Very few people in Gojra, Toba Tek Singh district, know Nisar Ahmad by his real name. To them, he is Nisar Dalip or, simply, “Dalip sahib,” thanks to his immense fondness for the legendary Bollywood actor Dilip Kumar.
His modest, four-marla place in Gojra city is home to thousands of assorted pictures and posters of films of the great Indian thespian. “Almost 25,000,” he tells TNS, in an exclusive meeting.
Sixty-one-year-old Ahmad says he was always a huge film buff. In a city which has produced countless international-level players in hockey — from Manzoorul Hasan and Rashidul Hasan to Tahir Zaman, Shahbaz Junior, and Tariq Imran — Ahmad was only into movies. In fact, he wanted to be an actor. But since he had fewer resources at hand, he quit pursuing this dream and became an apprentice to a signboard painter.
But the passion for films wouldn’t leave him. A young lad at the time, Ahmad wouldn’t miss a movie that was out in theatres, even if it meant coming all the way to Lahore. One such movie, titled Uran Khatola, and starring Dilip Kumar, he watched in Lahore. This was sometime in 1975. Ahmad says he was bewitched for life.
In the following years, he saw each and every film of Kumar except Jawar Bhata which, he says, wasn’t available anywhere.
Soon he started collecting pictures of his favourite actor. He would visit footpaths of Faisalabad and Lahore, looking for film magazines and newspapers that carried any photos of Dilip Kumar. He would cut the pictures out and paste them in a big, hardbound album, especially created for the purpose. Over the years, he had a mammoth collection. He also made portrait-sketches of Dilip Kumar. A glance through the album and you’ll find Dilip Kumar staring out in a variety of moods — sad, sanguine, romantic… from his various screen roles.
More than four decades later, his adulation for Dilip Kumar hasn’t waned. He still paints signboards and banners, at his shop in Samundri, which is half an hour’s drive from his home in Gojra, and feeds a small family. But Dilip Kumar remains the centre of his little universe. “I just love everything about Dilip Kumar sahib,” he says, gushingly, “his acting, his charismatic personality, his dialogue delivery etc. For me, no one can ever rival him.”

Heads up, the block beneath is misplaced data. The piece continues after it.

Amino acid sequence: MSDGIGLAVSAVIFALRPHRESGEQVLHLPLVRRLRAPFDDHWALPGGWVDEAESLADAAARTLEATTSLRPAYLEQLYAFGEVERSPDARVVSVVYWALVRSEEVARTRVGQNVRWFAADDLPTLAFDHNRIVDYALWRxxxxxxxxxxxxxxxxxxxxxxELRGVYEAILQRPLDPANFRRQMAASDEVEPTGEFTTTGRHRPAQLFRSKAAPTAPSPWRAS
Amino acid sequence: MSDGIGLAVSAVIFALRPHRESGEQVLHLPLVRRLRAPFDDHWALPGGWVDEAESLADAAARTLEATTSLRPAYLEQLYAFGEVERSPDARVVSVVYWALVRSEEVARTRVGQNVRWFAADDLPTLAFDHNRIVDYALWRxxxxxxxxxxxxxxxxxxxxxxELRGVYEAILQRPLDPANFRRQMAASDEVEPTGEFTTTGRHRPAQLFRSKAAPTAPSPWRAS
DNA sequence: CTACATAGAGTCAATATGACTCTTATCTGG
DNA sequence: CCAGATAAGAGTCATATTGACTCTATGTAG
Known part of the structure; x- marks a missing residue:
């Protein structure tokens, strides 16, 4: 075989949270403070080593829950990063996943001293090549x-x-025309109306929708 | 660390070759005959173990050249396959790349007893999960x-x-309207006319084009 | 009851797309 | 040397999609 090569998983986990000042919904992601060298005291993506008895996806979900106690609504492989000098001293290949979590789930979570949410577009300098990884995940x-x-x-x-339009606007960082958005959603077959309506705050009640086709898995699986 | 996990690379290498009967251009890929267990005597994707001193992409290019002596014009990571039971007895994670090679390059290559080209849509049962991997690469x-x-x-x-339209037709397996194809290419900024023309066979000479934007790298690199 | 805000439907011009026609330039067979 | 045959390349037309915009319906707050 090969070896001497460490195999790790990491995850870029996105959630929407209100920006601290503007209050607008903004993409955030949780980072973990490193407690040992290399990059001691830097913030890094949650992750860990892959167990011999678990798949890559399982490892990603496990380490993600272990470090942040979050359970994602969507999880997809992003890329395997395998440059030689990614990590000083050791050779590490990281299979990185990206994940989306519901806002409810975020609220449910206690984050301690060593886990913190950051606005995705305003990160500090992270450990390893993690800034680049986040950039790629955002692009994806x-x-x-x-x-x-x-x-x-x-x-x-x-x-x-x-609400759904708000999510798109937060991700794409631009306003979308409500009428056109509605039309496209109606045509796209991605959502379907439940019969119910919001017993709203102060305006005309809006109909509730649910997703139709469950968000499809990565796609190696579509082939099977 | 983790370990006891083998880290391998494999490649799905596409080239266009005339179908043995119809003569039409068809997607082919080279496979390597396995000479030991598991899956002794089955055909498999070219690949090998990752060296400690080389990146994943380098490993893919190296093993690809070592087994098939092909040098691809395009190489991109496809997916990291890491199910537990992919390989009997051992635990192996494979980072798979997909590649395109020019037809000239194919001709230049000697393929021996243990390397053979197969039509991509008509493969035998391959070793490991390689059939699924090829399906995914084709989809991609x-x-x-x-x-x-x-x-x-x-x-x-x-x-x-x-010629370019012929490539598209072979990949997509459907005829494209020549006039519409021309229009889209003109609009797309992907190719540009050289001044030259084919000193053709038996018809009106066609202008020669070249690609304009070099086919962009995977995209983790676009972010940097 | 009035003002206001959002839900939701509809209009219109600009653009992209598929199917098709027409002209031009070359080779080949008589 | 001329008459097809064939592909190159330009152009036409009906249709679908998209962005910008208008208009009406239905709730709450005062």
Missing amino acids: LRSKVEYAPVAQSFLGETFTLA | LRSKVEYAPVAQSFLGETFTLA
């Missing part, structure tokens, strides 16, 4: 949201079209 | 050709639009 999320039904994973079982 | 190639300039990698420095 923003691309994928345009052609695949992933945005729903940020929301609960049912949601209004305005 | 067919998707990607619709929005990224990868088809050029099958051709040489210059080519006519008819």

Ahmad admits that he needs a separate room where he can keep his collection and mount the portraits on the walls, so that “my treasure” is safe from the ravages of weather. “I lost a big chunk of it due to rainwater that collected in our house,” he says, ruefully.
There was another reason why he couldn’t display it properly. He had to pack the portraits of Dilip Kumar adorning the walls of his drawing room in a trunk because of the constant resistance of his family and folks. Ahmad says he would sometimes be taunted by people in the neighbourhood for “loving a Hindu, and for adding a Hindu surname.” The clerics shun him, a lot of other people don’t like to visit his shop for work or anything. Ahmad laughs at their ignorance, “Ah, they don’t know Dilip Kumar sahib was a Muslim!”
The one moment in his life that was immortalised was when he got the chance to meet his idol, in Lahore at the then Hilton Hotel in 1988. He cherishes the memory as the greatest to this day.
Nisar Ahmad met Dilip Kumar again, in Sindh House, Islamabad, in 1998. Talking about the two meetings, he is choked with emotion. “I remember when I saw him, I could not utter a word. I was in tears. I felt as if it was a dream.
“When I introduced myself, Dilip sahib and Saira Banoji were most affectionate towards me. I showed them my collection and they were amazed.”
Ahmad says that Dilip Kumar also invited him to India, “I managed to get the visa too but I had to cancel my visit as a young cousin of mine had just passed away. I want to visit him now but don’t think it’s possible, given the strained relations between India and Pakistan.”
For now, he is content celebrating Dilip Kumar’s birthday every year with his friends. He buys a special, 10-pound cake in the name of his guru.